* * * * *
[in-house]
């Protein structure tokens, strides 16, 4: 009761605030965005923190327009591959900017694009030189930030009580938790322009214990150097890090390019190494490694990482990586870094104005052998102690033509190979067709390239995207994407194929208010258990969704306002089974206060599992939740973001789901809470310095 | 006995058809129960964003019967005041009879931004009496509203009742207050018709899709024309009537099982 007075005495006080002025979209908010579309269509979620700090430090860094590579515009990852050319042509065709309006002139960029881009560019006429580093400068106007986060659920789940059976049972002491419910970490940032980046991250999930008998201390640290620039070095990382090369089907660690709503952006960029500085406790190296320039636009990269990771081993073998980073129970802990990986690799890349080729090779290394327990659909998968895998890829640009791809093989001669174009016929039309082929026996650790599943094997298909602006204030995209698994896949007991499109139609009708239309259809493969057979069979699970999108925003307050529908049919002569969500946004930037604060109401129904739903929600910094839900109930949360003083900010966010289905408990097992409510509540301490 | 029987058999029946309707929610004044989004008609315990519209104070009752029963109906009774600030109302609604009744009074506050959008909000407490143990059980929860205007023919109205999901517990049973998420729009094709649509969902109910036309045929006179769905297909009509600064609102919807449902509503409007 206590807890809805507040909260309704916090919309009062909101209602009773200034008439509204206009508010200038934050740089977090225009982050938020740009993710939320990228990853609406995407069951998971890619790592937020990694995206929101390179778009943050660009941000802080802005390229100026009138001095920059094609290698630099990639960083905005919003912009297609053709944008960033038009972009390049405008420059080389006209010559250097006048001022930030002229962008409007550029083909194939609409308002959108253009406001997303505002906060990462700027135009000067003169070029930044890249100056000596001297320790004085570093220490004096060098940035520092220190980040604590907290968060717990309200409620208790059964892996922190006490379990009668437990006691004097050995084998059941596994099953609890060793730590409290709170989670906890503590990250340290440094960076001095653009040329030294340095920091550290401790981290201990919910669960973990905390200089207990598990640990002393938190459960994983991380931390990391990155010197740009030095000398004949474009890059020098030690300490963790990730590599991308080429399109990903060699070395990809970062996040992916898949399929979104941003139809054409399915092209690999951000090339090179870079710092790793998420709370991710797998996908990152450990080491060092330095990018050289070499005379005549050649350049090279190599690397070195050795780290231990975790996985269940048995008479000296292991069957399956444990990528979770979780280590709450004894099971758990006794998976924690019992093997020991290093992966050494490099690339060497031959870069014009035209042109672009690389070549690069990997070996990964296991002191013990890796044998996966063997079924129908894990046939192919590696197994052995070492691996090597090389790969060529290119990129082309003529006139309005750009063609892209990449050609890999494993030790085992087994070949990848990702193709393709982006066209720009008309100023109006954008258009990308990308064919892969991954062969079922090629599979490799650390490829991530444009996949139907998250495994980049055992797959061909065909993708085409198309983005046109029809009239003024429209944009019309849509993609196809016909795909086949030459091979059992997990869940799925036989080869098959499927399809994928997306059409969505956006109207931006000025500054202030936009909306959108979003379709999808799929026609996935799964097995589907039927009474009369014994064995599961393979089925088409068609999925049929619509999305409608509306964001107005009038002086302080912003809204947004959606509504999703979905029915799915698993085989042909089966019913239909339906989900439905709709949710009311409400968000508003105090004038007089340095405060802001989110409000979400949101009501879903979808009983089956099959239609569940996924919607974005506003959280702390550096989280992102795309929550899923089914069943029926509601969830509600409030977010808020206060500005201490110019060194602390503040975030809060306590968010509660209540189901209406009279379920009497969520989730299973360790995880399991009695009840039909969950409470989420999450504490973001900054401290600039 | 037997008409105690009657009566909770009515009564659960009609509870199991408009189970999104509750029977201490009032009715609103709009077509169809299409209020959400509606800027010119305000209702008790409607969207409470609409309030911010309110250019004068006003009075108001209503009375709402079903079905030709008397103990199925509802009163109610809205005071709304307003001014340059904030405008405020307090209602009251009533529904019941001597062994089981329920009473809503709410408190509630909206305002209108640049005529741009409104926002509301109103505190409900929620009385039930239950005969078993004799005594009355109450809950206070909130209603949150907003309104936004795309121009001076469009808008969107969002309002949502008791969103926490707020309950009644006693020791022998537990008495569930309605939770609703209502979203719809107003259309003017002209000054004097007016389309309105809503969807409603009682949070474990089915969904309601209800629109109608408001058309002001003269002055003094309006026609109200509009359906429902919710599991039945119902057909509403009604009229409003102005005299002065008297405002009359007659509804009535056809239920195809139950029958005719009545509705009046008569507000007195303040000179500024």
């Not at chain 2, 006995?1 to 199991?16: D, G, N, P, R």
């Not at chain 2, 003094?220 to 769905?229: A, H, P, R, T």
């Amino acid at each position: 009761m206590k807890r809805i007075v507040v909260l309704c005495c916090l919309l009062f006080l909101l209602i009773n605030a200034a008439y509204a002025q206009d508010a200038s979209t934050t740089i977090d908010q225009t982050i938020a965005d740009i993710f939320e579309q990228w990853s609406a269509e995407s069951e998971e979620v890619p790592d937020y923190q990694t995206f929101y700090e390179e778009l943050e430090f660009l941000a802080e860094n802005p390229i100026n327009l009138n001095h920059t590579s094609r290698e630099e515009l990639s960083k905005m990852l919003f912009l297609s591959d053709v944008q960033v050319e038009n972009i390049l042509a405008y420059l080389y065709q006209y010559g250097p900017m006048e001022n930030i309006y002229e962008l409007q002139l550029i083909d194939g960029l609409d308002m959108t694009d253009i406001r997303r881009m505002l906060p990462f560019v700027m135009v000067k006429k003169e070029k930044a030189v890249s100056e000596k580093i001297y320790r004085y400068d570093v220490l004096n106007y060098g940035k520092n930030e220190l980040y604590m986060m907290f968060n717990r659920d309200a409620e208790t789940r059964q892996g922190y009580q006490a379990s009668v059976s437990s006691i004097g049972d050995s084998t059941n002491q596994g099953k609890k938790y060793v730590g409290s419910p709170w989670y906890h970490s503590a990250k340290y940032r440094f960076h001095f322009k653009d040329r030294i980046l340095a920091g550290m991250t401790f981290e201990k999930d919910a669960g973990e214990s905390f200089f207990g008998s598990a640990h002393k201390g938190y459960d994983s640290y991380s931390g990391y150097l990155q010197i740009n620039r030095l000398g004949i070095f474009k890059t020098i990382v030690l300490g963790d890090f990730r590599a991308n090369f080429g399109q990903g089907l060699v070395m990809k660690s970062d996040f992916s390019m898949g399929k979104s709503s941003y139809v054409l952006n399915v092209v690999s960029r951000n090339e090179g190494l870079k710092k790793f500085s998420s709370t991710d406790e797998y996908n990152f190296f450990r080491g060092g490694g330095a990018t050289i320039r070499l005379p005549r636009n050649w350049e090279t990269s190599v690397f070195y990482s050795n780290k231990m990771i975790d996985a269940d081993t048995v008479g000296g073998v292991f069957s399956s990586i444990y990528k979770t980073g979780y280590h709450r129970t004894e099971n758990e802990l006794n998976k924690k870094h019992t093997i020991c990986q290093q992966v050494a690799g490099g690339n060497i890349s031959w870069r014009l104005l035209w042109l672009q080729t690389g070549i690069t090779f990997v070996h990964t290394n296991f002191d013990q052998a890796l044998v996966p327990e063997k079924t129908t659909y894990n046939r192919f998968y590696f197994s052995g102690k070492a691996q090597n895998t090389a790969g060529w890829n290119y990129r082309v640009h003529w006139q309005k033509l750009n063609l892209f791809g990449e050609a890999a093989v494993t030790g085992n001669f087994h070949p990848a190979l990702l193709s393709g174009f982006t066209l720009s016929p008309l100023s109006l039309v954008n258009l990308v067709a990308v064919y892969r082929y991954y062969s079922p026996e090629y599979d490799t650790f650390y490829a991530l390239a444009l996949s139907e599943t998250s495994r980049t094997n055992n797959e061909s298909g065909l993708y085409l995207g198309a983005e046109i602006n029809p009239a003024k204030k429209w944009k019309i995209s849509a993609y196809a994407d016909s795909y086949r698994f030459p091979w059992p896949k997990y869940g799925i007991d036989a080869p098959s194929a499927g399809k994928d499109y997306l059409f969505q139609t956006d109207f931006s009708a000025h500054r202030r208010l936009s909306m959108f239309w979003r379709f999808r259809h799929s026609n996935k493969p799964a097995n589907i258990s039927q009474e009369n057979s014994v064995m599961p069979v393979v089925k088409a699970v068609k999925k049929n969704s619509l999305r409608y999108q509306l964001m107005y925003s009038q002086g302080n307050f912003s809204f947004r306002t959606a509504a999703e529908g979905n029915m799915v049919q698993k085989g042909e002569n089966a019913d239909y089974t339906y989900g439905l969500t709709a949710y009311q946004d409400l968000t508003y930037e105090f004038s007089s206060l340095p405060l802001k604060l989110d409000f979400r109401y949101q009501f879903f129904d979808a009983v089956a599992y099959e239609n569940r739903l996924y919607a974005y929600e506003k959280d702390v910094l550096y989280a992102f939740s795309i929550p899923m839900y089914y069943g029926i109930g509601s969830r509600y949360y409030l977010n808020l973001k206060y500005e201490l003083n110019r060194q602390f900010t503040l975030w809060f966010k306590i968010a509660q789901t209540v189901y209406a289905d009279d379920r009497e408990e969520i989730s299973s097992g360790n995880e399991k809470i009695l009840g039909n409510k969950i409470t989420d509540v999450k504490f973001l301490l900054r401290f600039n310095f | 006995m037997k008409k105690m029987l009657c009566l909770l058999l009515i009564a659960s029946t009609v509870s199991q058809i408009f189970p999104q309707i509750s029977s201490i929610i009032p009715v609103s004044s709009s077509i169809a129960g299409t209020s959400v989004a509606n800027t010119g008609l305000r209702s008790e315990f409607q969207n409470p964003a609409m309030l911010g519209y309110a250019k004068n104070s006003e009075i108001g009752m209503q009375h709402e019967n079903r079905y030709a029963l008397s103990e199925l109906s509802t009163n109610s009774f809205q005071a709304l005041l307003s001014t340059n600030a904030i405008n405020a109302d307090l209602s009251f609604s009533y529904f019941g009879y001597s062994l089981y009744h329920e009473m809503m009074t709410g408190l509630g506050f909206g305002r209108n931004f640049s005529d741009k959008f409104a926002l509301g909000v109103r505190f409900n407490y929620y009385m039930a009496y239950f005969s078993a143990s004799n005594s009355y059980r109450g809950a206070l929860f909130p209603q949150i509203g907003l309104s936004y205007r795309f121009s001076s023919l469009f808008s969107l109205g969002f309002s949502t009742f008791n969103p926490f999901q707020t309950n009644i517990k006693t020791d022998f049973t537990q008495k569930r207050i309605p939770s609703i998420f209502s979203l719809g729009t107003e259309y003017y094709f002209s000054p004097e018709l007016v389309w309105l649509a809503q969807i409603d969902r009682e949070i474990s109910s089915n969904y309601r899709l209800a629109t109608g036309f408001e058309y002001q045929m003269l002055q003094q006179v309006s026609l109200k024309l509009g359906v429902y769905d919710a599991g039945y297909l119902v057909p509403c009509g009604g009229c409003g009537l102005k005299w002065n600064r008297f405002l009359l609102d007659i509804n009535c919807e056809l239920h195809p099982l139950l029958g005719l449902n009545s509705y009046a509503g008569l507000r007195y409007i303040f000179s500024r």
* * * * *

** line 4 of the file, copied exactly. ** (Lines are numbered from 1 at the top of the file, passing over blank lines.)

């Not at chain 2, 003094?220 to 769905?229: A, H, P, R, T």